Friday, February 26, 2021 Skill Building: Self-defense
compiled by Kirsten Wandrey | Student Affairs
The world is a typically safe place if you stay alert and smart. No one likes to think about things going wrong, but in the event of an emergency it's important to be able to defend yourself or your loved ones. Here are some basic self-defense tips that everyone should know (just in case).
Carry something to protect yourself. In case of an attack or threat, it's never a bad idea to carry a bit of extra protection. Keeping your keys in hand at night can serve as protection, as well as pepper spray or a personal siren. Even a flashlight can help you defend yourself by blinding your attacker if need be.
Avoid as much as you can. The best way to avoid danger is to stay out of potentially risky situations. Staying in well-lit areas at night and avoiding places that make you feel unsafe can go a long way toward keeping you protected. If someone asks for your wallet or possessions, it's best to throw it away from yourself and run away. Nothing is worth risking your life to keep.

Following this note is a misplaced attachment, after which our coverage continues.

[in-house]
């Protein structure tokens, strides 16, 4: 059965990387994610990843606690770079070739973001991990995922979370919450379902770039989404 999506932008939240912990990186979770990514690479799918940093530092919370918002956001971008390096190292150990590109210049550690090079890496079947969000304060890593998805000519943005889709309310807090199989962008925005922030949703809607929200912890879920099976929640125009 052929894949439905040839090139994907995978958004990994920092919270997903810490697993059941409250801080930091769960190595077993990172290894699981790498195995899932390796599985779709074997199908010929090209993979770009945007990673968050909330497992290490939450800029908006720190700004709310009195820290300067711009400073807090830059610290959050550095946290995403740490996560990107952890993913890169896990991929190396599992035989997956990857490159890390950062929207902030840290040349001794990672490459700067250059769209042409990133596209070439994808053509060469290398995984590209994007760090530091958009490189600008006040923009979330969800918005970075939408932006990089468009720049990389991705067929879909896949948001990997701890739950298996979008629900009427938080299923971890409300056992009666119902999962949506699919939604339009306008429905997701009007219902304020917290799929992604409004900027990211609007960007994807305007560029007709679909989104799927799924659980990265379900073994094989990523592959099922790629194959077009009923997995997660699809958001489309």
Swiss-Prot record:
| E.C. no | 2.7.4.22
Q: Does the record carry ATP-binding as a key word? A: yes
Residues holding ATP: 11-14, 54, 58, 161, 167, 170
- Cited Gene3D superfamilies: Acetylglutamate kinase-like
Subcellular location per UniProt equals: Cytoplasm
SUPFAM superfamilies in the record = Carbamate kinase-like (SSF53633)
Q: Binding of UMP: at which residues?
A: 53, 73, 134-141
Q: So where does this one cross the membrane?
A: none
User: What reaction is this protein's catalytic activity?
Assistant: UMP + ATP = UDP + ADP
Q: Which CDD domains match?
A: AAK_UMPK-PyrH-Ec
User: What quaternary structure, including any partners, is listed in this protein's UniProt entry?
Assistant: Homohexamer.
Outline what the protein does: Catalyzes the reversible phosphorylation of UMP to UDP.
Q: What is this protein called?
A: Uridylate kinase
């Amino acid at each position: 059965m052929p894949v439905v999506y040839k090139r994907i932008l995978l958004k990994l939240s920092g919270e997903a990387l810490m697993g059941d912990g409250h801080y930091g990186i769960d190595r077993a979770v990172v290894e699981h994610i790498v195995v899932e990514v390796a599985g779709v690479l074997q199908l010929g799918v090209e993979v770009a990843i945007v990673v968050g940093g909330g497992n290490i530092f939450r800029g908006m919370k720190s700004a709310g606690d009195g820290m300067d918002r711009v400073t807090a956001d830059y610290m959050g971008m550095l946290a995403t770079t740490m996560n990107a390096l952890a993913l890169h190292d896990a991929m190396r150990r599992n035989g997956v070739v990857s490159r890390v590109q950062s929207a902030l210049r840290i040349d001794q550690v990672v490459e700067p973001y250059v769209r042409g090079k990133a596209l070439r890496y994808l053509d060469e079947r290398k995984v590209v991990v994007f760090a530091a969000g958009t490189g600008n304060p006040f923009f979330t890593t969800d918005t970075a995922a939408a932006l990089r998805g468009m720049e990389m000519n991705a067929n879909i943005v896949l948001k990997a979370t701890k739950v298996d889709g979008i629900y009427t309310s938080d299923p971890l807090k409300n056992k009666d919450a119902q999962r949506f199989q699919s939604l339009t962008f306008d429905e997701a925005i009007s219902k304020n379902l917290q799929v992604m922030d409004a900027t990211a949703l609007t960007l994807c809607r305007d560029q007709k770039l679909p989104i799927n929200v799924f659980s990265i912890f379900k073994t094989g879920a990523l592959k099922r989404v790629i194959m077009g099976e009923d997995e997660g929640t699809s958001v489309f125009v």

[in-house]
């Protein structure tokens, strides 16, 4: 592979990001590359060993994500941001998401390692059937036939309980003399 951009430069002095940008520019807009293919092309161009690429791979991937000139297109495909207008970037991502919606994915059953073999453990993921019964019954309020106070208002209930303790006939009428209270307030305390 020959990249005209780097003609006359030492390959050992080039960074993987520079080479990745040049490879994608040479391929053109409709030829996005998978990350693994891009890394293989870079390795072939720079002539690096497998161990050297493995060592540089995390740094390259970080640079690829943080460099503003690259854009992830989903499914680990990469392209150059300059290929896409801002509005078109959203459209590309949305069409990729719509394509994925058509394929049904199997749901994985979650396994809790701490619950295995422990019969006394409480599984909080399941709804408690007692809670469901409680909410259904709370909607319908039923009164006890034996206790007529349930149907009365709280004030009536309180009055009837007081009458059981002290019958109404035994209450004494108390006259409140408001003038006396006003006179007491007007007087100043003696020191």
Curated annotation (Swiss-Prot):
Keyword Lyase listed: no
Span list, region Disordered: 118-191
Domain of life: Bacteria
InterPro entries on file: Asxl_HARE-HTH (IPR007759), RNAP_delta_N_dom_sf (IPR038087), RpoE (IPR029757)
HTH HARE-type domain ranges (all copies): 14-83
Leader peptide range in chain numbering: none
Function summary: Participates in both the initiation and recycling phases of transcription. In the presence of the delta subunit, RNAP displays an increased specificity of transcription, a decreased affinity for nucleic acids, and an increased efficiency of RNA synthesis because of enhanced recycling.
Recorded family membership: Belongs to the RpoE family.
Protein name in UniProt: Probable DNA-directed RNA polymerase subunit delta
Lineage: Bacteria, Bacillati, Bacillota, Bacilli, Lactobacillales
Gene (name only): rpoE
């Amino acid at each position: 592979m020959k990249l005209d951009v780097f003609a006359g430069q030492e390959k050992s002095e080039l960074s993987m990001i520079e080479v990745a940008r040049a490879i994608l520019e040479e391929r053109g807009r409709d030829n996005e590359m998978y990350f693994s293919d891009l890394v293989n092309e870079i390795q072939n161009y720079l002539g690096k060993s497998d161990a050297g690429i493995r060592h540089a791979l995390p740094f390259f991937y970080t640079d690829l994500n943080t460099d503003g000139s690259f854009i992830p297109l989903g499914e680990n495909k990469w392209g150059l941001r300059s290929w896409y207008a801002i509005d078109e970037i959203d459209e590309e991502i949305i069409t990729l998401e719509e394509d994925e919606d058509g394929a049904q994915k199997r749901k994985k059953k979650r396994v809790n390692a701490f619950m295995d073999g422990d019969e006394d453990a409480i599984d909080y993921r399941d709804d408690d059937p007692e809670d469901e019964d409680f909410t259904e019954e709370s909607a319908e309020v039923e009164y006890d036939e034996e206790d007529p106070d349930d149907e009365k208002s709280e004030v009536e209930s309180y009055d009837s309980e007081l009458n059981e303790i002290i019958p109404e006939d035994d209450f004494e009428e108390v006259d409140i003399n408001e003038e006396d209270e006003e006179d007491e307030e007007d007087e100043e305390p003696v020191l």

Know the basics in case things get physical. You should never aim to get into a physical fight, but if you are unable to ward off an attacker it's essential to know how to hold your own. First off, try to make as much noise as possible. No attacker will want to draw attention to themselves, so oftentimes this can scare them off. Use your elbows and knees to strike the other person, since these are the hardest points on your body and will hurt the most. Read this article detailing simple self-defense moves that will be effective against any attacker. It features photos and videos so you can have a clear idea of what to do in a dangerous situation.
If you have been attacked, know how to report it. Read over the UNL Police Department information on reporting crimes to let authorities know and help yourself receive justice. Reporting situations also helps keep campus safer by allowing other students to be aware of dangerous instances. Attacks can also affect your mental health– schedule an appointment at Counseling & Psychological Services (CAPS) if you feel the need to talk to a professional.